Tips for Employers & Employees
Tips for Employers
- Tell your employees that when they are charged with selling tobacco products to anyone under 19 years old, the store owner or corporation can also be charged.
- Tell your employees to I.D. everyone who looks under 25.
- Teach your employees to be familiar with acceptable I.D, using the Acceptable I.D. handout (PDF).
- Test your employees on the 3 easy steps for checking I.D.
- Teach your employees methods on how to refuse the sale of tobacco products.
- Have your employees sign the Employee Responsibility Sign-off sheet (PDF) included in the Not to Kids Binder (PDF).
Tips for Employees
- If you are charged with selling tobacco products to anyone under 19 years old, the store owner or corporation can also be charged.
- I.D. everyone who looks under 25.
- Be familiar with acceptable I.D, using the Acceptable I.D. handout (PDF).
- Know the 3 easy steps for checking I.D.
Other Helpful Tips
There is no age requirement to sell tobacco products, however, customers must be at least 19 years of age to be sold tobacco products.
Employees and employers must request Identification from anyone who appears to be under the age of 25.
A sign in any place where tobacco products are either sold or offered for sale that refers to tobacco products or tobacco product accessories, or both, is "promotional material".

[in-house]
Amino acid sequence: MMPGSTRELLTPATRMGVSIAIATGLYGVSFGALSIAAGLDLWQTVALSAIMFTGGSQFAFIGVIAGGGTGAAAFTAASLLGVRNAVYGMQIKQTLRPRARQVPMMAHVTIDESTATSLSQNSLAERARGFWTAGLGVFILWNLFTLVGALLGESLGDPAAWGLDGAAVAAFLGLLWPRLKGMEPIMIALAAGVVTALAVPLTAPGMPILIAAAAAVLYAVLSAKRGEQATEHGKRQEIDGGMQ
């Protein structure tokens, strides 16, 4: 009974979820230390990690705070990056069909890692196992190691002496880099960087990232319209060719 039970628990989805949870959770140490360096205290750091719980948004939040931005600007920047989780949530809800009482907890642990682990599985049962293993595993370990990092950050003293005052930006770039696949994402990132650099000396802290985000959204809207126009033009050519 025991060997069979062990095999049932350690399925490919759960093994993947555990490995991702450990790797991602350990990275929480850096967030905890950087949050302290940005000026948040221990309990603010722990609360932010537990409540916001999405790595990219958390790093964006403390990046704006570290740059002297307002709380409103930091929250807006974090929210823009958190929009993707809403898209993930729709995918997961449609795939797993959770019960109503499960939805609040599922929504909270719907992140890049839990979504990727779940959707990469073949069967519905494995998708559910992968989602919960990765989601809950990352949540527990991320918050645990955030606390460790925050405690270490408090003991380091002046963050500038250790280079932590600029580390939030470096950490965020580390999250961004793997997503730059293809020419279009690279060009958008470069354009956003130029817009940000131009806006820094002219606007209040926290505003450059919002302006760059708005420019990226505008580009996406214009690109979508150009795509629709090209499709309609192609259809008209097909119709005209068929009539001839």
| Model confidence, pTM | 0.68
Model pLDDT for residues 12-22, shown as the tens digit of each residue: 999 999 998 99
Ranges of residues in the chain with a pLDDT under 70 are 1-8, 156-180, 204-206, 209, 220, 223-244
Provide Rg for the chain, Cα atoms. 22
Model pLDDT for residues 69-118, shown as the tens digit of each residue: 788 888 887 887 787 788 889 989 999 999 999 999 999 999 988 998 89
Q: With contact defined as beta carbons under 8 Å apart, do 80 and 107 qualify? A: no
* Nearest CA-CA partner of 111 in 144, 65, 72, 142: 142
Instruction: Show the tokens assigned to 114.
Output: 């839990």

Display & Promotion
It is the responsibility of anyone selling tobacco to ensure that customers do not see or handle products containing tobacco before they are purchased.
Never leave a shipment of products that contain tobacco in view of customers before placing it in the storage unit.
Accessories may not be displayed if they promote a brand of tobacco.
Failure to post identification sign, age restriction and health warning signs may result in a fine of $240 - $75,000.
Two or more tobacco sales offences resulting in registered convictions at a business location (e.g. same address) shall result in an Automatic Prohibition of six months.
The Smoke-Free Ontario Act states that a store owner/operator is responsible for the actions of his/her employee(s) unless the owner exercises due diligence to prevent any contraventions. Training staff using the above resources does not prove due diligence, as this is one of many steps that can be taken to ensure employees do not sell to minors.